Hydrogen sulfide is a highly toxic gas that is heavier than air. At very low levels, it smells like rotten eggs and can produce eye irritation. At dangerous levels, it destroys the sense of smell and produces respiratory paralysis. Thus, at dangerous and fatal levels, where one can literally drop dead, there is no odor to warn of its presence.

The following table shows the health effects of hydrogen sulfide at different concentrations.

 

Parts per million (ppm) Possible health effects
0.01-0.3 Odor is detectable
1-10 Moderate to strong odor
Nausea
Tears
Headaches
Sleep loss
10-150 Irritation of the eyes

Irritation of the lungs

150-750 Severe health effects
Death becomes more likely
>750 Death may occur in minutes

Ammonia

Ammonia is a gas that is lighter than air, has a pungent odor, and can irritate the eyes and respiratory tract. Ammonia can displace oxygen in the bloodstream.

Precautions

Manufacturer Warnings

Failure to heed manufacturer warnings may result in death or serious injury. Contact the manufacturer for maintenance and service requirements and availability of service.

Safety Walk-Throughs

A safety walk-through can help you determine potential hazards and preventative measures. Cornell University developed a comprehensive self-assessment guideline for farmers. It is intended to be used by farm owners and managers or farm staff who are responsible for the operations and/or maintenance of anaerobic digesters and their related processes. It provides guidance for process and job evaluation with suggestions based on typical potential hazards for farm digester systems and their associated preventative measures.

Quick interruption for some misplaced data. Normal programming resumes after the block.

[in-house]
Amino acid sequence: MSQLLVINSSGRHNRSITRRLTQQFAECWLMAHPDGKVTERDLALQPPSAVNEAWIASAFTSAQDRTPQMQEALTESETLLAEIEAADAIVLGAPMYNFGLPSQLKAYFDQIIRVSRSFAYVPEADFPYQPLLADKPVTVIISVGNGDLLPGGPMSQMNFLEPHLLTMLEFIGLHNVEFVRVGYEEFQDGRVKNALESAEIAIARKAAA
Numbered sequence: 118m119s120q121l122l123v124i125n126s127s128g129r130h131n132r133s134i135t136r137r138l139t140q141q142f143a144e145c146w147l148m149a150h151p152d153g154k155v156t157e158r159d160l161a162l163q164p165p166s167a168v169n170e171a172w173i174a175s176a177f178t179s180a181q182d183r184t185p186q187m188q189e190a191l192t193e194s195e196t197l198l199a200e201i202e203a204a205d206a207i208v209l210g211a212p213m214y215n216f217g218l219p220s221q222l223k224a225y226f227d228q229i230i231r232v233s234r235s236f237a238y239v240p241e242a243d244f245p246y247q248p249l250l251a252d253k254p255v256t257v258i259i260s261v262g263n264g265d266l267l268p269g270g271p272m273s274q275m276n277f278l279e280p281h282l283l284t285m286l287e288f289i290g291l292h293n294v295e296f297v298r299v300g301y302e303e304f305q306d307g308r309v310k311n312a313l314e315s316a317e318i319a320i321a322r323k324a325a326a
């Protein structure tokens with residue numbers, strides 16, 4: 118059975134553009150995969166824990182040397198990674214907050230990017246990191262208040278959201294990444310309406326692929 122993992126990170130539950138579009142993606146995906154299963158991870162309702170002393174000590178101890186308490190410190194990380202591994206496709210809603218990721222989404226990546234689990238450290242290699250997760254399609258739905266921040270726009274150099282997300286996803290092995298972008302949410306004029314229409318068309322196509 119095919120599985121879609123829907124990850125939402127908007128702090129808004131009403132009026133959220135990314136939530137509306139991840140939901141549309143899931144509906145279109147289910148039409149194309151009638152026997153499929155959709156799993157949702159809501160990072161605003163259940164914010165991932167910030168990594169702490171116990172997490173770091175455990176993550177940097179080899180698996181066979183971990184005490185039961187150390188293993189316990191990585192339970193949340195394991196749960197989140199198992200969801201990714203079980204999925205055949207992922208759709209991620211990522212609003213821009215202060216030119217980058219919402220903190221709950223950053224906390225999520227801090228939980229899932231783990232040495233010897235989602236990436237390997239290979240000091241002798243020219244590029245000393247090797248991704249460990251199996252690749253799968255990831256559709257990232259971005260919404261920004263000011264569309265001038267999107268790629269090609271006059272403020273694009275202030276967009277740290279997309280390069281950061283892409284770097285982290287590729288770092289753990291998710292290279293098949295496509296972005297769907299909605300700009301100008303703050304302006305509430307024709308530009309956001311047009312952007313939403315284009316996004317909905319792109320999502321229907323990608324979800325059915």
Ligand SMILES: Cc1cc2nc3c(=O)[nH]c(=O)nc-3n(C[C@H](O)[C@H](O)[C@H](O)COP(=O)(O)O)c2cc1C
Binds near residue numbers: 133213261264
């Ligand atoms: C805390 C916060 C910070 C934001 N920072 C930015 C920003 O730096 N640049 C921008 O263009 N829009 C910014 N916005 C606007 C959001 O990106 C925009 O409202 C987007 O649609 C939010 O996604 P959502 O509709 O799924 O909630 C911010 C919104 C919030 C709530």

Gas Sensors

Explosion, suffocation, and poisonous gas hazards may be detected using gas sensors. These sensors include both disposable and electronic sensors. Electronic sensors need testing regularly, and these sensors may have a disposable component that needs periodic replacement. Only qualified people should use these sensors to determine if an area is safe.

Personal Protective Equipment

An area where manure is stored should never be entered without the appropriate personal protective equipment, which may include a self-contained breathing apparatus (SCBA). The use of protective equipment such as an SCBA is covered by OSHA regulations, and the operator must be certified in its use with equipment-fit testing and medical clearance.

For More Information

  • Pennsylvania State University: Biogas Safety. This site also has biogas and anaerobic digestion information and links.

  • Pennsylvania State University Manure Pit Safety. This site has educational videos that demonstrate manure storage hazards, the importance of monitoring manure gas levels before entry, and recommendations for the design and installation of ventilation of manure storages, emphasizing the importance of a positive pressure system for forcing fresh air into the storage. The site also has fact sheets that address manure storage hazards, monitoring for gases and oxygen, ventilating manure gases, and emergency rescue procedures. Information for accessing ANSI/ASABE S607, Ventilating Manure Storages to Reduce Entry Risk, and ASABE EP 470, Manure Storage Safety, are provided.

  • Respiratory Protection, Personal Protective Equipment. OSHA Regulation 1910.134 that applies to some anaerobic digester facilities; all operators should refer to these standards in an advisory capacity.

Bibliography

Brown, N.J. 2007. Conducting a safety walk-through on a farm: hazards of the manure handling system, anaerobic digester, and biogas handling system – a self-assessment guideline for farmers. Manure Management Program. Cornell Dept. of Biological and Environmental Engineering. Ithaca, NY.


Martin, J.H. 2008. A New Method to Evaluate Hydrogen Sulfide Removal from Biogas. M.S. Thesis. Raleigh, N.C.: North Carolina State University, Department of Biological and Agricultural Engineering.

Osbern, L.N., and R.O. Crapo. 1981. Dung lung: a report of toxic exposure to liquid manure. Ann. Intern. Med. 95(3):312-4.

Choinière, Y. 2004. Explosion of a deep pit finishing pig barn, investigation report on biogas production. In Proc. ASAE/CSAE Meeting. Ottawa, Ontario, Canada.

Wright, Peter. 2001. Overview of Anaerobic Digestion Systems for Dairy Farms. Natural Resource, Agriculture and Engineering Service:NRAES-143. Ithaca, NY.

Contributors to This Article

Authors

Peer Reviewers